📝 CSS-Tricks 259: How to use variable fonts

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I have a terrible confession to make. Send me to jail and lock away the key because, despite how much I rant about variable fonts, I’ve never really used them. I’ve read tutorials and demos and I love seeing what’s possible with this new font format, but I’ve never used any of them in a website of my own.

So this weekend I wanted to fix that. I started looking around for variable fonts to play with and, well, did you know that test fonts are a thing? A lot of type foundries will offer fonts that are free to download and play around with in your local environments before you buy them. They’re super handy and that’s just what I did the other day.

First, I headed over to David Jonathan Ross’s website where I discovered the ever-so-good Job Clarendon that he designed alongside Bethany Heck:

Welp! Also, Job Clarendon has a great variable font version available and you can download it for free (so long as you’re being a cool chap and only using it on your computer).

So, first things first: how do we load Job Clarendon as a variable font and make it accessible from our CSS? The first thing to note is that we have to support both the new syntax and the old syntax for variable fonts:

@font-face { font-family: "JobClarendon"; src: url("job-clarendon.woff2") format("woff2 supports variations"), url("job-clarendon.woff2") format("woff2-variations"); font-weight: 100 1000; }

We’re pointing to the same variable font file here (which note is a regular ol’ .woff2 file) but we have to tell the browser that it supports “variations.” woff2 supports variations is the future syntax for telling the browser it’s a variable font and woff2-variations is the deprecated way.

You see that weird part underneath where we’ve said font-weight: 100 1000? That’s not a mistake, we’re telling the browser that this font supports a range of font-weights from the light weight 100, all the way up to the heaviest weight of 1000.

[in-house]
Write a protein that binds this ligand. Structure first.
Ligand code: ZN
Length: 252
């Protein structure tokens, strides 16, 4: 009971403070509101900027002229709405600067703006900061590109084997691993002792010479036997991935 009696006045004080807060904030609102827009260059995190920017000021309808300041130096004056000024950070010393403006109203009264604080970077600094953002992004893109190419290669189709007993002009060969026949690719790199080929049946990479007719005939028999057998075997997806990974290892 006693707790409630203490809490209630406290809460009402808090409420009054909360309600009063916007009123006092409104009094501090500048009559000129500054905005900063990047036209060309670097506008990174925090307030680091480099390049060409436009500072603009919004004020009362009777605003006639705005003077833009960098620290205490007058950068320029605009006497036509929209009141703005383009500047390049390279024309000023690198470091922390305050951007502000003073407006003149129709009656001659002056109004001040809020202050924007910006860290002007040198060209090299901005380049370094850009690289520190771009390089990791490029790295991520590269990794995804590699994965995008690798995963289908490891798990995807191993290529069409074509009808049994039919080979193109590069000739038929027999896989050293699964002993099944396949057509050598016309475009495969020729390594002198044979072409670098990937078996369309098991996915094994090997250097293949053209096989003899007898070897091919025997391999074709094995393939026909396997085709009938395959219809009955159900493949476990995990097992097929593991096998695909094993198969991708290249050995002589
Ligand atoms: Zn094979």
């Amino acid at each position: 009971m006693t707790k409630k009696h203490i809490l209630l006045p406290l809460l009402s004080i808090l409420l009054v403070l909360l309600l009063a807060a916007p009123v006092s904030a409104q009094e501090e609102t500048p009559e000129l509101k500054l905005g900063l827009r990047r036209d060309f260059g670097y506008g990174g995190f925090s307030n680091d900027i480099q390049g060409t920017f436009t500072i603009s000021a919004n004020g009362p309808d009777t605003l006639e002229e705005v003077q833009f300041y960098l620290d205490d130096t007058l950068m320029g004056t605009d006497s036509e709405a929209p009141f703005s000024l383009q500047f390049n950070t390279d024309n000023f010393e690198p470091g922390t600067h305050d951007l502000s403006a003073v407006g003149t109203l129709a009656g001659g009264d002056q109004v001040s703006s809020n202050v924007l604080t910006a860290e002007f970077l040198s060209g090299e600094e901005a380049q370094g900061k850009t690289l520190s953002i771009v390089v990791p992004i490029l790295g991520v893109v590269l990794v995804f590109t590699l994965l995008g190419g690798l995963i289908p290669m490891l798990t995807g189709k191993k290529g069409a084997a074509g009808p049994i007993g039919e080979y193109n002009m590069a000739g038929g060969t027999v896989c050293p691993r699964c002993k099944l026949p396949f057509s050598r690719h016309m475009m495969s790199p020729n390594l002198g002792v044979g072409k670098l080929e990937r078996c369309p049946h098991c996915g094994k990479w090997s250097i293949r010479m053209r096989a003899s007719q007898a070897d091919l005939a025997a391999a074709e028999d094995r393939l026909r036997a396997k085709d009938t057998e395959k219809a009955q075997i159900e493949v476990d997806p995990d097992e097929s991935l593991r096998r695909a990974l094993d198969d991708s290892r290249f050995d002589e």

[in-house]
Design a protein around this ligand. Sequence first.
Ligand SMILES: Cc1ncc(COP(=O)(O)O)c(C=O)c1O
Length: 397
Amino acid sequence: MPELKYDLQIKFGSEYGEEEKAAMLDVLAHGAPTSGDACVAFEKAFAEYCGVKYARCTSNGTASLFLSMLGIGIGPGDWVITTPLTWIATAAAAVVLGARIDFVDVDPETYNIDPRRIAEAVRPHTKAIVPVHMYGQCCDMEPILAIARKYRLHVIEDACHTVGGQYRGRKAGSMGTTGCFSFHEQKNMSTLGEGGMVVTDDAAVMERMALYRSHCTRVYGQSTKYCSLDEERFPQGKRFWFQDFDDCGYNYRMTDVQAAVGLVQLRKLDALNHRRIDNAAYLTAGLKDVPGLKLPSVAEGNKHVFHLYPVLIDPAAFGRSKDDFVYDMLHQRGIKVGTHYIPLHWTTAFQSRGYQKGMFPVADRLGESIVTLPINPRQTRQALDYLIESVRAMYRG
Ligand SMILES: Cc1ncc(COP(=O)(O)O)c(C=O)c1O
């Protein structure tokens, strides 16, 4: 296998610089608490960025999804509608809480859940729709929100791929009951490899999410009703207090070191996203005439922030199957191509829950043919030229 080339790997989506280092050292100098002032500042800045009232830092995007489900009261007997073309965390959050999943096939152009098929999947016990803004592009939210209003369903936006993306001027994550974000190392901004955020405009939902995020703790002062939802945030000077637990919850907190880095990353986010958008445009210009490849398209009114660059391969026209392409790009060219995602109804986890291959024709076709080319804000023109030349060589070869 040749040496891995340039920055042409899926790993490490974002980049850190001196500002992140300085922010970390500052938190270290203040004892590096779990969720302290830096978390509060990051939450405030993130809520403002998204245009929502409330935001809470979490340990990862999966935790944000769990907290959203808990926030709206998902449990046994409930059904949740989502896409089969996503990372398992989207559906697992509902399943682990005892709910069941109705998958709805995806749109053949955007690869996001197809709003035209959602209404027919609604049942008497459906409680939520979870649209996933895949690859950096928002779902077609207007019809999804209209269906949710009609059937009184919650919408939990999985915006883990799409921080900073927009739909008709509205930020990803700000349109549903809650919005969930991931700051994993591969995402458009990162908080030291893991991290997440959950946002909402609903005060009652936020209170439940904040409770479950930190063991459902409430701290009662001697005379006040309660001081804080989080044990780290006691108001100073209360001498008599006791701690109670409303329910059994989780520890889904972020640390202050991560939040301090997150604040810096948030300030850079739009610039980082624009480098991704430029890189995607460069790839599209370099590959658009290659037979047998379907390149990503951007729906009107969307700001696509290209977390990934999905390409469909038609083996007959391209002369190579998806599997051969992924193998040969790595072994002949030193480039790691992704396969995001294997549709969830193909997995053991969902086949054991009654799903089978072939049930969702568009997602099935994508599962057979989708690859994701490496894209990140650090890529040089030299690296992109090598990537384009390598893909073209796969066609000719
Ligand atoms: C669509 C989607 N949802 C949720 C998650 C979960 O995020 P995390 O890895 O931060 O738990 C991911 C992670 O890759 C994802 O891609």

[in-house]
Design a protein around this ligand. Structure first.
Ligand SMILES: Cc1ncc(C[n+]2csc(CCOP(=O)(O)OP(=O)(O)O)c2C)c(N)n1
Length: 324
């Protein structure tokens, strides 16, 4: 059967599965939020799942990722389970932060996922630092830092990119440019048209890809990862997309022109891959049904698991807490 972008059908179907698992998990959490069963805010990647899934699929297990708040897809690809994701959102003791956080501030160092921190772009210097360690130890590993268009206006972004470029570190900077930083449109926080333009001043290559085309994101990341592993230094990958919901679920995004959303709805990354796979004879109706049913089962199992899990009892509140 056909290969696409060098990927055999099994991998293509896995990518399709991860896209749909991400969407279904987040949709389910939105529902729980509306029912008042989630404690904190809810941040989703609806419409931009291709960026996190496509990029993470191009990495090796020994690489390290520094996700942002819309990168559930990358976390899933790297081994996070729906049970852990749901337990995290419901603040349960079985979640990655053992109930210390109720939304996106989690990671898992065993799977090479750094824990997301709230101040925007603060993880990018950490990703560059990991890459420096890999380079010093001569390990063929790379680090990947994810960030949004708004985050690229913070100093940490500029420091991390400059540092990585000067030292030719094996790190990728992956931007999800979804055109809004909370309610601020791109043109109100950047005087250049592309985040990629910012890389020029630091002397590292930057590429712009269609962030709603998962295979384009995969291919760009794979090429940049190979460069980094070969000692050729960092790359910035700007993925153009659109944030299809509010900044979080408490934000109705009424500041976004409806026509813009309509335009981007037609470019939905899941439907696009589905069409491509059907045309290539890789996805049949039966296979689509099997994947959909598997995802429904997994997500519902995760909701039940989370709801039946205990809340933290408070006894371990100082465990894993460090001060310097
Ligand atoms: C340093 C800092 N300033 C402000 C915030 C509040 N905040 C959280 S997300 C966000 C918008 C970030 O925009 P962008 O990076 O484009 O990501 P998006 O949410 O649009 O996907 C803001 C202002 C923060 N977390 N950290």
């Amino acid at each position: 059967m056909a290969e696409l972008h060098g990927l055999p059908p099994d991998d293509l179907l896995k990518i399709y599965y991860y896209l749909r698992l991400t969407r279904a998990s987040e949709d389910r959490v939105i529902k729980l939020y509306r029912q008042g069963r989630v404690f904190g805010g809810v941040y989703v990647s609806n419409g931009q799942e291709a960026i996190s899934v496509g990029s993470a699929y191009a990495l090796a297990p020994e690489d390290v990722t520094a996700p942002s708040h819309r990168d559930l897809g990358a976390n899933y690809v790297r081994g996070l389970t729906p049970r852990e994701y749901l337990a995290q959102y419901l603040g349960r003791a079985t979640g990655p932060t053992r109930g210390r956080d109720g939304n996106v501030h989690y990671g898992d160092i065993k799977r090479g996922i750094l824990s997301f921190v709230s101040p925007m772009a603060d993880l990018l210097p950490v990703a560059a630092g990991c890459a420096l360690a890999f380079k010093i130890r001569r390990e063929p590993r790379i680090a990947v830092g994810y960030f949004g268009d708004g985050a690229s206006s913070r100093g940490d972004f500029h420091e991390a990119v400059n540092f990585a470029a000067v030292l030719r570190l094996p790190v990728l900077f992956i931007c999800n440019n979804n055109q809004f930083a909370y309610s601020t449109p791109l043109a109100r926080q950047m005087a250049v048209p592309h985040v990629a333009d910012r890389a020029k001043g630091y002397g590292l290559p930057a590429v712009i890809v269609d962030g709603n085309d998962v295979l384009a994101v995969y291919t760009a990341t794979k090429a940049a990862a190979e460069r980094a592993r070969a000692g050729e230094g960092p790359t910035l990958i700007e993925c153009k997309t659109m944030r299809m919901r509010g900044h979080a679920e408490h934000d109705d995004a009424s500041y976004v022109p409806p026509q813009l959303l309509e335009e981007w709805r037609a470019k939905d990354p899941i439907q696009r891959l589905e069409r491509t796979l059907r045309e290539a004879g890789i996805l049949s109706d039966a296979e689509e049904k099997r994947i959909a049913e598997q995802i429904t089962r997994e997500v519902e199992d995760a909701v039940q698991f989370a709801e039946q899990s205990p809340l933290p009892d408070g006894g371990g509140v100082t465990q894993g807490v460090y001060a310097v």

We can then use our variable font just like we can any other, but whilst I was working on adding these demo font, I realized that I could use CSS custom properties to set the fallback font if for whatever reason this one can’t load:

:root { --font-fallback: BlinkMacSystemFont, "Segoe UI", "Roboto", "Oxygen", "Ubuntu", "Cantarell", "Fira Sans", "Droid Sans", "Helvetica Neue", sans-sans; } h1, h2 { font-family: "JobClarendon", var(--font-fallback); }

Now that’s pretty handy. I could even set different fallbacks for my display and body text font. From here we can then set an element to use one of those ranges between 100 and 1000:

h1 { font-weight: 600; } h2 { font-weight: 250; }

Right now it looks like there are five “common axes” that fonts let us change variably. So that’s stuff like font-weight and font-stretch which lets you make letters more or less condensed. This all depends on what the specific font supports though, so make sure you know what features the font has before you buy it (this is why test fonts rule).

Another place to check out is Variable Fonts, which I know I’ve mentioned in every human conversation I’ve had the past year, but still, it’s a great place to find cool new variable fonts.

With variable fonts, we can do wild things with animations. So now that I can change any font-weight between 100 and 1000, I can also animate between those properties, too. Why is that a good idea? Well, most of the time it’s probably not a good idea. But you could set really big and beautiful headlines like this:

@keyframes scale { 0% { font-weight: 100; } 100% { font-weight: 1000; } } .element { font-size: 15vw; animation: 4s ease-out scale alternate infinite; }

That said, I don’t think animations are what that excite me most about variable fonts. Instead, the most exciting thing about variable fonts is the ability to making really small changes to text because, the more you look at type on the web, the more you realize it’s either way too thin or way too bold.

But now with variable fonts we can get it just right.

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